Marin County, California, has begun the search for new ERP (enterprise resource planning) software to replace a troubled SAP implementation that generated an ugly legal battle between the county, SAP and systems integrator Deloitte.
County supervisors voted this week to approve an RFP (request for proposals) from vendors who want to take on the job. Officials are focused on "tier two" vendors, which are generally smaller and more focused, and especially ones that have experience in the public sector, said County Administrator Matthew Hymel during a meeting of the supervisory board, which was webcast.
"A big lesson learned [from the SAP project] was around fit for an organization our size and the business that we're in," Hymel said. Tier one ERP vendors such as SAP and Oracle offer "very complicated products that serve Fortune 500 companies," he added.
"Our employees were definitely impacted by our last implementation so they taking this very seriously," Hymel said. "We're all in agreement of the need to do this right."
Given the "pain" caused by implementing SAP, Marin County officials are taking a "belt-and-suspenders," or quite conservative, approach to the new project, he added.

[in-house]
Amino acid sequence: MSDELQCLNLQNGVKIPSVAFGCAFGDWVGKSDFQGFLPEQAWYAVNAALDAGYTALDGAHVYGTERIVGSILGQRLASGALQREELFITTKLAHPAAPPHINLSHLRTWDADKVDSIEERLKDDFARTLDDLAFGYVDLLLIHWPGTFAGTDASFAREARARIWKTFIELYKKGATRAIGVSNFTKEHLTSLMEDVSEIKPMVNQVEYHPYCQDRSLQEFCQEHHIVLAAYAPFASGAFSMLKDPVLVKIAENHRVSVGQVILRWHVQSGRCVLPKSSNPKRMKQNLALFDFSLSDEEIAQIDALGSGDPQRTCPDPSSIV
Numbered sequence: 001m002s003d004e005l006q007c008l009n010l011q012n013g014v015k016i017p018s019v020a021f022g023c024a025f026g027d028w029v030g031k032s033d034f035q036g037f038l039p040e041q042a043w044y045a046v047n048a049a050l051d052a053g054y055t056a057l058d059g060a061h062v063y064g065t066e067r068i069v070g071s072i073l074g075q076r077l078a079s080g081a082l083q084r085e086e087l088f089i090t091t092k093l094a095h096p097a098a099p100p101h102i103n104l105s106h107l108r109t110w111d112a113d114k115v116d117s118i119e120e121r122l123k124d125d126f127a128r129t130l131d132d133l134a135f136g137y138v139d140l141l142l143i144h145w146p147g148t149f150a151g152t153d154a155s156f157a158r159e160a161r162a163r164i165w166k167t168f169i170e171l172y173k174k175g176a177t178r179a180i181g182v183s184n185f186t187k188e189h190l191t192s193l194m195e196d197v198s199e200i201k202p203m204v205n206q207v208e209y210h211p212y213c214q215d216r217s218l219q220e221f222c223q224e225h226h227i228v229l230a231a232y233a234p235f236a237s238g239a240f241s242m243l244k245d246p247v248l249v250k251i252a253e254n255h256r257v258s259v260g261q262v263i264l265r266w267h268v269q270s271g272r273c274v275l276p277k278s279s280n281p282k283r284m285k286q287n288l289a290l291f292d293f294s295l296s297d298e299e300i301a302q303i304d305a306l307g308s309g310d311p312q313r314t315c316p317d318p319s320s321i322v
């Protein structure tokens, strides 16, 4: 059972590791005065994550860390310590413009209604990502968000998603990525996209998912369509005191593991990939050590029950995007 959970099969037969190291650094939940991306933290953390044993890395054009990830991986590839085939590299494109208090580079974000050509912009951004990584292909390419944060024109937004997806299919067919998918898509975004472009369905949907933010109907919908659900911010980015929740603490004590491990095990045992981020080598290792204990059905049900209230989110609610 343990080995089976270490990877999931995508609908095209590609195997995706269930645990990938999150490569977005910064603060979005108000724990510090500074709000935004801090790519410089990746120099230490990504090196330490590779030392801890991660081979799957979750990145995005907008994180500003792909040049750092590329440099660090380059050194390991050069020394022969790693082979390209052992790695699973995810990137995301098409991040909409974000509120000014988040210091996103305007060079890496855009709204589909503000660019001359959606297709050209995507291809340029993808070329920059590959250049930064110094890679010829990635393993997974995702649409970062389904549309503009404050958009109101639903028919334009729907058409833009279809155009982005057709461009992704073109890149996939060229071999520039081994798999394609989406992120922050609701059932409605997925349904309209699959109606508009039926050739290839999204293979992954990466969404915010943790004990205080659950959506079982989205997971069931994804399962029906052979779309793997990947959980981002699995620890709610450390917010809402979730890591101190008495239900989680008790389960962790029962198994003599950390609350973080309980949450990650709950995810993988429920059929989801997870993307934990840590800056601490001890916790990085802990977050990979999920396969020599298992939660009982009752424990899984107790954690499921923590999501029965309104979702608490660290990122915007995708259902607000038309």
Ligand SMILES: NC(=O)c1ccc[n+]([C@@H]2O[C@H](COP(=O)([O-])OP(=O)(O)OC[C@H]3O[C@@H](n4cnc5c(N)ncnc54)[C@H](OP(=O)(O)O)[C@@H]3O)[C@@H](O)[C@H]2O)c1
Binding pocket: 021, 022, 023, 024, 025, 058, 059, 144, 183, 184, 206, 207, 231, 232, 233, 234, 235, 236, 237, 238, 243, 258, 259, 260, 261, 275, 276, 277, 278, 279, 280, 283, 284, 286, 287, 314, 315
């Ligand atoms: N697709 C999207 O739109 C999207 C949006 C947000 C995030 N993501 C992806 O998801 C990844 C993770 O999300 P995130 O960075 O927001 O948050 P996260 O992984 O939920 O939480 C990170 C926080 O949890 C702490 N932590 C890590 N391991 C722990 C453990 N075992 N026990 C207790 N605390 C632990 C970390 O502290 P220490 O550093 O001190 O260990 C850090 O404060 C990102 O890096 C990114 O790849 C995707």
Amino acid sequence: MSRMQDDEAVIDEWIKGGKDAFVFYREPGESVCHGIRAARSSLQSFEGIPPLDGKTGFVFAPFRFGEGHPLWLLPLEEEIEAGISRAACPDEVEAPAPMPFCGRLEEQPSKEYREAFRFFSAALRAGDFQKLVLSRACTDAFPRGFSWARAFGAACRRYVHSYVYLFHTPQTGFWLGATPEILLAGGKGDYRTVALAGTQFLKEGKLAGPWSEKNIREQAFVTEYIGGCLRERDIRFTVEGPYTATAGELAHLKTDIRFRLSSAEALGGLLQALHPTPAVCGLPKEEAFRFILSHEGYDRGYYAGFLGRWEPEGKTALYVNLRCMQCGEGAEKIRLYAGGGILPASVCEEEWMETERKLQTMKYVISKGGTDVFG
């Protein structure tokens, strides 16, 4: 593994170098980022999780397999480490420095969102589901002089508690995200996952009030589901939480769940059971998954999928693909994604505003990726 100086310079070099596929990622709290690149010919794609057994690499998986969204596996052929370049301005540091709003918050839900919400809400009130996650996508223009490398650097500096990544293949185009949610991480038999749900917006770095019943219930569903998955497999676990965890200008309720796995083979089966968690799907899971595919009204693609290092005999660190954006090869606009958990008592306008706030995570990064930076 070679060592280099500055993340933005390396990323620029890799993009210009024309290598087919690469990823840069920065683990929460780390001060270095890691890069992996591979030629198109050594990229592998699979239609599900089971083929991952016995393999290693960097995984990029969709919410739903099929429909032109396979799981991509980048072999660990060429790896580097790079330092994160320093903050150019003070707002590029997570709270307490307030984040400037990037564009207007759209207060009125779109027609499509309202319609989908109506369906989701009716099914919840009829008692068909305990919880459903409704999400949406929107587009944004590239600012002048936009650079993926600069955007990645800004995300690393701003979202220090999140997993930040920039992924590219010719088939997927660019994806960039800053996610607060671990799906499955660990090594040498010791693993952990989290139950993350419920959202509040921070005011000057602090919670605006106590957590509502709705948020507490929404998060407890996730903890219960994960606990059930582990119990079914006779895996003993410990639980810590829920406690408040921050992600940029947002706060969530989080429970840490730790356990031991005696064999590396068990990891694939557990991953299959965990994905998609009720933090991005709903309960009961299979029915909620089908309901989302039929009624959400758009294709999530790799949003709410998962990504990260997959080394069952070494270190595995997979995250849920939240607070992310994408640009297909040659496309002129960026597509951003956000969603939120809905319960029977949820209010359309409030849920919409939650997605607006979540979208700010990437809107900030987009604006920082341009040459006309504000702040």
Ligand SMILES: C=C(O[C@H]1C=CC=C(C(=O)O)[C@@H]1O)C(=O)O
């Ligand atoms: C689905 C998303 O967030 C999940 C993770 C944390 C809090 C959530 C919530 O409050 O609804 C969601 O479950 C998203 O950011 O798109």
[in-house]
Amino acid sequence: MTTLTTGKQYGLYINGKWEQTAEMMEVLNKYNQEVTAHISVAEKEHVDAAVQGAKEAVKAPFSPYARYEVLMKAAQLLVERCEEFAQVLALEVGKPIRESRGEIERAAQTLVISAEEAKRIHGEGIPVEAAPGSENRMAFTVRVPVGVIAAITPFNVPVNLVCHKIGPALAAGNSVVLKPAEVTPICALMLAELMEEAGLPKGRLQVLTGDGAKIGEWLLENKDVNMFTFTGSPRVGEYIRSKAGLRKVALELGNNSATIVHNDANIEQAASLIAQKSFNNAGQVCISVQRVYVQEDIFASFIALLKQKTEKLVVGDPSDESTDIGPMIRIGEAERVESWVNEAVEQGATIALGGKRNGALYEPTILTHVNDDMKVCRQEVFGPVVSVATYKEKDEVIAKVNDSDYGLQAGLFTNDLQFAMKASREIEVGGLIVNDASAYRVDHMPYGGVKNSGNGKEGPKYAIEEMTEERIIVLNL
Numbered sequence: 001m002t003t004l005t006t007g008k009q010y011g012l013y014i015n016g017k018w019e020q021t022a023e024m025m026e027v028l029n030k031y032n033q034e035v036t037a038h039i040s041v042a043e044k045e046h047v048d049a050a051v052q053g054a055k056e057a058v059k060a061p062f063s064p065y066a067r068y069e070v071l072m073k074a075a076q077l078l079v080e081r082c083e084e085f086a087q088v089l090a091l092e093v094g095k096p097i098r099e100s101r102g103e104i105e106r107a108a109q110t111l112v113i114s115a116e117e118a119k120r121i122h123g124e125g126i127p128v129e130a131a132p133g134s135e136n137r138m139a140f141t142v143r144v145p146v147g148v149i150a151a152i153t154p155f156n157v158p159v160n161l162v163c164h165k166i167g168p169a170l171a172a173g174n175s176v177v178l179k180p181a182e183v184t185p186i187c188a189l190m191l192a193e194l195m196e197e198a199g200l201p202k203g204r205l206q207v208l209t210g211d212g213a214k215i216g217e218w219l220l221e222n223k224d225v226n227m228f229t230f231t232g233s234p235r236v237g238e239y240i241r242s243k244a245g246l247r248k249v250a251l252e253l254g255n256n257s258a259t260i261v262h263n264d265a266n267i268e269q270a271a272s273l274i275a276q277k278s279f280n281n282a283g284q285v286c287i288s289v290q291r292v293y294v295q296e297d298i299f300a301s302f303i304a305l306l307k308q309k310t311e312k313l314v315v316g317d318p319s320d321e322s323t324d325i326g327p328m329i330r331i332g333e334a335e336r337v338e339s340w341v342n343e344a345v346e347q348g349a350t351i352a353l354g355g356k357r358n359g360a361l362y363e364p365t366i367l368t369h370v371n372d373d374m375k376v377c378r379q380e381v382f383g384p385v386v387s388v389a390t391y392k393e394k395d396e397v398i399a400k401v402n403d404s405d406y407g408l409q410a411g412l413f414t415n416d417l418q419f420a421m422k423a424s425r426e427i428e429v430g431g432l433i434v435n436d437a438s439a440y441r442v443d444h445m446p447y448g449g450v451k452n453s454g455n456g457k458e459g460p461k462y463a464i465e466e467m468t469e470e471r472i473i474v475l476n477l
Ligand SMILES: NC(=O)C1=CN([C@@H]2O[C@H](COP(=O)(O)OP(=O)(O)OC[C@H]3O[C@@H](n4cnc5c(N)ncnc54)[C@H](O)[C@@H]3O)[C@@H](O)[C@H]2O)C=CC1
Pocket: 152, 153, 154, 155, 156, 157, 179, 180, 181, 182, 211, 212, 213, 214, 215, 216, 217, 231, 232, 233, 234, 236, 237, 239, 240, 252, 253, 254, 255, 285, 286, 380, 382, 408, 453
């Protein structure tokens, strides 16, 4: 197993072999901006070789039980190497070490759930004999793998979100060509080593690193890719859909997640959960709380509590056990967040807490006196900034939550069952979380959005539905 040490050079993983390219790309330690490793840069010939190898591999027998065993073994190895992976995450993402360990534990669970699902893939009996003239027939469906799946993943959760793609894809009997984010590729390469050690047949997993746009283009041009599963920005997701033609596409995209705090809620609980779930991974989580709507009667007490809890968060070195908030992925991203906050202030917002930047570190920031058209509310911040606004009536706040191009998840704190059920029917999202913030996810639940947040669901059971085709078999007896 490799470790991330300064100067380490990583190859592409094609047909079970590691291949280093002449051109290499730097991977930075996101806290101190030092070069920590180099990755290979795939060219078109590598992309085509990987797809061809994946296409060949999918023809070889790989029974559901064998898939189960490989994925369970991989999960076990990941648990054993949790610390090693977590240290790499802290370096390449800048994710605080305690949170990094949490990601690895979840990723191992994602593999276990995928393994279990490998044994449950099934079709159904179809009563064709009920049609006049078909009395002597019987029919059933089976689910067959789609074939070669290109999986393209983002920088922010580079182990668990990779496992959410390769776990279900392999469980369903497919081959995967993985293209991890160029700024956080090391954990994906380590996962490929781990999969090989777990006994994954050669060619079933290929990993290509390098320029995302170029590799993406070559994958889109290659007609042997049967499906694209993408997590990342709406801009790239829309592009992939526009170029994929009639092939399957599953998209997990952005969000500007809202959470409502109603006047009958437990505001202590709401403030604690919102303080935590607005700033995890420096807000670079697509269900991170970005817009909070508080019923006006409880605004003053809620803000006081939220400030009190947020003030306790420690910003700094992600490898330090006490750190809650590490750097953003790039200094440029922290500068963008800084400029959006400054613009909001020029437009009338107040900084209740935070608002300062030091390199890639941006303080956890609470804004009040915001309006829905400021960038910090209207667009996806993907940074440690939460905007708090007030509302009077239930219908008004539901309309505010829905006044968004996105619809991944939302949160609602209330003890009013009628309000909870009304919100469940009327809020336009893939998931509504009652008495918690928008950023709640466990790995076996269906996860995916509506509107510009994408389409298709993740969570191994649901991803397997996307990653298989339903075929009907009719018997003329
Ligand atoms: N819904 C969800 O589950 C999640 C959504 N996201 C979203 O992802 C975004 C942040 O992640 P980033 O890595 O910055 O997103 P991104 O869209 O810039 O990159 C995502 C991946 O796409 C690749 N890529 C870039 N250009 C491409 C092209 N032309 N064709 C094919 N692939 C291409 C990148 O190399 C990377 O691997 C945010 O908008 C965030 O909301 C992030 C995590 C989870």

For one thing, the project will stick to phased deadlines, based on readiness. "We're not going to go live unless we're ready," he said. More resources for training users, as well as improved efforts to take in user feedback, are also planned.
"We've really gone out of our way in many cases to ensure our users are heard," said county IT staffer Tim Flanagan, who also spoke at the meeting. "Every department has been involved and included."
Responses to the RFP are due in December and it's hoped that an approved contract will be signed by June.
Marin County wants to save money compared to what it cost to acquire and run SAP on an ongoing basis, and is also open to using products from multiple vendors, rather than trying to find one that says it can handle every functional area, according to Flanagan.
Supervisors offered Hymel and Flanagan praise for their efforts planning the second project.
"I think we've really laid out a good map," said District 1 Supervisor Susan Adams, as she paged through a thick binder containing the second project's details.
The supervisory board's good mood belied the acrimony stirred up by the county's now-settled lawsuit, which reportedly cost it US$5 million in legal fees but netted just $3.9 million in settlement payments.
Marin County has spent at least $30 million on the SAP project, which dates to 2006, and had at one point pursued $35 million in damages. It accused Deloitte of staffing the project with inexperienced consultants, leading to delays and cost overruns.
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